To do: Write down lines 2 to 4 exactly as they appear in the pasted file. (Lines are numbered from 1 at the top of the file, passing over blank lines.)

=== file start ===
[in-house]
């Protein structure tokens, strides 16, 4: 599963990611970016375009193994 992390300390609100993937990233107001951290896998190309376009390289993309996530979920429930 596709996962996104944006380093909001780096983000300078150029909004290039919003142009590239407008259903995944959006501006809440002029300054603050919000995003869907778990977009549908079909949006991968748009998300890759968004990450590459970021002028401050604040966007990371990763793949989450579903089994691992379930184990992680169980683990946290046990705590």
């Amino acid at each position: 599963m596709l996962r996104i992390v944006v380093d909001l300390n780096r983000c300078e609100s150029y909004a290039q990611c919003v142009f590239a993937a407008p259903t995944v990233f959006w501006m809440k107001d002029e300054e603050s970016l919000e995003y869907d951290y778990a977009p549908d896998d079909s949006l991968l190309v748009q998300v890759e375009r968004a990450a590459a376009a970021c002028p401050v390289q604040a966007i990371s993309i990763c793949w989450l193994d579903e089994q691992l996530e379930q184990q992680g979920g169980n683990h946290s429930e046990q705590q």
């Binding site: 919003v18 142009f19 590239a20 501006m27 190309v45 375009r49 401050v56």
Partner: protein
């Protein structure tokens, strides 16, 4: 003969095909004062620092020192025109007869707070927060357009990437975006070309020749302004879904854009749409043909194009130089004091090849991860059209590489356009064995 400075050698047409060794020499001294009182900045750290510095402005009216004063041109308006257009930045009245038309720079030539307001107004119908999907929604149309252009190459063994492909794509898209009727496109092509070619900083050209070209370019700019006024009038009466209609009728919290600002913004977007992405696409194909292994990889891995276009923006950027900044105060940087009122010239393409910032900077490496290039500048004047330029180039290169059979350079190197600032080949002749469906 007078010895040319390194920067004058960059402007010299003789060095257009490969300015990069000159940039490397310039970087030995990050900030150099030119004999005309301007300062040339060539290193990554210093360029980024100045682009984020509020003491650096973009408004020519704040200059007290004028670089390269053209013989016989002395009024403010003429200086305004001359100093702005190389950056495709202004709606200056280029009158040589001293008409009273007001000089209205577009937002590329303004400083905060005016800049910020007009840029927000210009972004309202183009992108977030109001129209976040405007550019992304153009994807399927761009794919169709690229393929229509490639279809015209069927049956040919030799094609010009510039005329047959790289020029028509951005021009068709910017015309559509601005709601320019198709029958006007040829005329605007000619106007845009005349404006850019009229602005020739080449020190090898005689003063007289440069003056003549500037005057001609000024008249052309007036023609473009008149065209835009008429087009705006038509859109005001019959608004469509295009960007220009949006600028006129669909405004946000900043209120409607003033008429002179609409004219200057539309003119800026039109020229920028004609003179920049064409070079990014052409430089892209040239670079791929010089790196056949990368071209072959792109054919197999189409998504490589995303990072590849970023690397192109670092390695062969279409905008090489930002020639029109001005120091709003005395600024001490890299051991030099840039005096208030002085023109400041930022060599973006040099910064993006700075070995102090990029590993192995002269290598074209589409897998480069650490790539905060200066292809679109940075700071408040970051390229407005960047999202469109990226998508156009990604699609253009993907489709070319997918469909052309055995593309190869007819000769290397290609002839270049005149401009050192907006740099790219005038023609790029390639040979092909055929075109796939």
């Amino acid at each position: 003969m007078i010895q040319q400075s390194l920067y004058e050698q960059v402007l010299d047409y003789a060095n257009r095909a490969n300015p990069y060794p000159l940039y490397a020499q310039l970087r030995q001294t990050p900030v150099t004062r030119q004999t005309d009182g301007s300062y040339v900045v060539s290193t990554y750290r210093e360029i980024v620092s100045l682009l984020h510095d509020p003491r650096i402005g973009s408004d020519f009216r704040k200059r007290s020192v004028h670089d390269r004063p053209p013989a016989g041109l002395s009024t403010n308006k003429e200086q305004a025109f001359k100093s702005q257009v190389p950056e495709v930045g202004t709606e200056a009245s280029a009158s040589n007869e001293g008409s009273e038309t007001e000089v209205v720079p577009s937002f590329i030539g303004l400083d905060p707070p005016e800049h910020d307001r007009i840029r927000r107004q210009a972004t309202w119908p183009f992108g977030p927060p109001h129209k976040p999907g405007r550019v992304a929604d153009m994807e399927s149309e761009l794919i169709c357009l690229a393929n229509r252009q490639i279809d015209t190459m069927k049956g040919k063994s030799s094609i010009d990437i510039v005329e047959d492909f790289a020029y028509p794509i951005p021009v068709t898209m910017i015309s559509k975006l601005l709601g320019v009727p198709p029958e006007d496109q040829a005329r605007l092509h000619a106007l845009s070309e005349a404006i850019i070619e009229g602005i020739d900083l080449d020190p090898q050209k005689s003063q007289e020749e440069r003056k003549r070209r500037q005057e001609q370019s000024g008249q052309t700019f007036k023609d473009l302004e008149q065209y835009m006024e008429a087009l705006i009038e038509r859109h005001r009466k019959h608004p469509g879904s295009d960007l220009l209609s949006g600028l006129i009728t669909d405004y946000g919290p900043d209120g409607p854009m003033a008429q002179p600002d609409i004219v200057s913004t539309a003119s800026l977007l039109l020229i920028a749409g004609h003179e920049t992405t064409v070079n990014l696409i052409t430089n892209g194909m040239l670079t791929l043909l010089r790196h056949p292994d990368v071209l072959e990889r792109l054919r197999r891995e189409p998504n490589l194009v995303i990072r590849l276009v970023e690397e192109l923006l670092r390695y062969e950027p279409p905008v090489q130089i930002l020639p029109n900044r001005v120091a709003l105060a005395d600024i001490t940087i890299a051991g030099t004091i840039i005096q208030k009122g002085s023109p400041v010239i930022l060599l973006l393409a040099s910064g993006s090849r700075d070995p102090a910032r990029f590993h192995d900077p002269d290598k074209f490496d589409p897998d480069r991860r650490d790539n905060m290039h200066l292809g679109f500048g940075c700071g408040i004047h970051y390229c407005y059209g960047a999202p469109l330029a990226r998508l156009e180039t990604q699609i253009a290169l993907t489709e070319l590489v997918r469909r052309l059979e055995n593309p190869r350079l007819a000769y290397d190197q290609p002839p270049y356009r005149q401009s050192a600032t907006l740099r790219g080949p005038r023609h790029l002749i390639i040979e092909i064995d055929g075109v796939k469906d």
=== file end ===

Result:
């Protein structure tokens, strides 16, 4: 599963990611970016375009193994 992390300390609100993937990233107001951290896998190309376009390289993309996530979920429930 596709996962996104944006380093909001780096983000300078150029909004290039919003142009590239407008259903995944959006501006809440002029300054603050919000995003869907778990977009549908079909949006991968748009998300890759968004990450590459970021002028401050604040966007990371990763793949989450579903089994691992379930184990992680169980683990946290046990705590």
């Amino acid at each position: 599963m596709l996962r996104i992390v944006v380093d909001l300390n780096r983000c300078e609100s150029y909004a290039q990611c919003v142009f590239a993937a407008p259903t995944v990233f959006w501006m809440k107001d002029e300054e603050s970016l919000e995003y869907d951290y778990a977009p549908d896998d079909s949006l991968l190309v748009q998300v890759e375009r968004a990450a590459a376009a970021c002028p401050v390289q604040a966007i990371s993309i990763c793949w989450l193994d579903e089994q691992l996530e379930q184990q992680g979920g169980n683990h946290s429930e046990q705590q």
């Binding site: 919003v18 142009f19 590239a20 501006m27 190309v45 375009r49 401050v56």